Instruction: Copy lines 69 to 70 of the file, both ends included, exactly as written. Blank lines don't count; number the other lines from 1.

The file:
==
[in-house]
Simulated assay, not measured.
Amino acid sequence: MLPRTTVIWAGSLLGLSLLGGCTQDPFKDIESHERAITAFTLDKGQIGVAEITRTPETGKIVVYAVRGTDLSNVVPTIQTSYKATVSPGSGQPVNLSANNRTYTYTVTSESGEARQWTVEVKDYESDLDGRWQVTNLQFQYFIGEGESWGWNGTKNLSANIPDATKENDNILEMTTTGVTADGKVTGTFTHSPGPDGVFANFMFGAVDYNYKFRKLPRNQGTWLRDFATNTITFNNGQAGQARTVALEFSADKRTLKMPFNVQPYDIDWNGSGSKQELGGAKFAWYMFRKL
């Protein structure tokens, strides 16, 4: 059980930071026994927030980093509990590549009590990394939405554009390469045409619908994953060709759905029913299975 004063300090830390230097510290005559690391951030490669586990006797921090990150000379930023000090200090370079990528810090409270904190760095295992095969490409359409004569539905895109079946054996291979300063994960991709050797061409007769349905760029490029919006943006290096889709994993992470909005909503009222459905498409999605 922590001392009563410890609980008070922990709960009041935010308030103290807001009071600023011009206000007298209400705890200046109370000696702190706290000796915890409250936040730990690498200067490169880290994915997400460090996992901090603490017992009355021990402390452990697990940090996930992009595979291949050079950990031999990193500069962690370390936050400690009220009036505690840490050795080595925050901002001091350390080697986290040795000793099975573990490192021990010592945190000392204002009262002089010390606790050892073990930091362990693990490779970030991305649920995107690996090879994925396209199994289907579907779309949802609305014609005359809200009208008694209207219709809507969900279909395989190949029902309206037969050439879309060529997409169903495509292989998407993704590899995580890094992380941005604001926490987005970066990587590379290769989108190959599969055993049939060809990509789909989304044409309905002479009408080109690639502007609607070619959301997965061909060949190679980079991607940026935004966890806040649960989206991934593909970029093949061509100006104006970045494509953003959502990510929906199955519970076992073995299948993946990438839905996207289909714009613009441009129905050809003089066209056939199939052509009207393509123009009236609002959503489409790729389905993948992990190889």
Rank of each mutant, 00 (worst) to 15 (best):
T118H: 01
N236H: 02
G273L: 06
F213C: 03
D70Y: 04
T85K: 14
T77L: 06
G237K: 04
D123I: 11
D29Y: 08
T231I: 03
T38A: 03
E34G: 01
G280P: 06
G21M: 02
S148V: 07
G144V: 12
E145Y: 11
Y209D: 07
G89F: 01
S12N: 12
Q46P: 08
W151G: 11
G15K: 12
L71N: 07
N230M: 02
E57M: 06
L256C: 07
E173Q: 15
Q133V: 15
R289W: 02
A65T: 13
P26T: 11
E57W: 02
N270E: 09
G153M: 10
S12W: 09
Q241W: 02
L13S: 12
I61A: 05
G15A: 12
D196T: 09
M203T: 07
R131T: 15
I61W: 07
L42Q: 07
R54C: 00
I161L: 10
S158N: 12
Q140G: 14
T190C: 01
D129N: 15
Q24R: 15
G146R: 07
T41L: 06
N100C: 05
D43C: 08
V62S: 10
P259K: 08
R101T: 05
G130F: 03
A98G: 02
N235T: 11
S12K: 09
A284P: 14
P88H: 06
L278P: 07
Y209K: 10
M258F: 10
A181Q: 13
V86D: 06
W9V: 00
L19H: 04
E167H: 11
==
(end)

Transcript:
S12K: 09
A284P: 14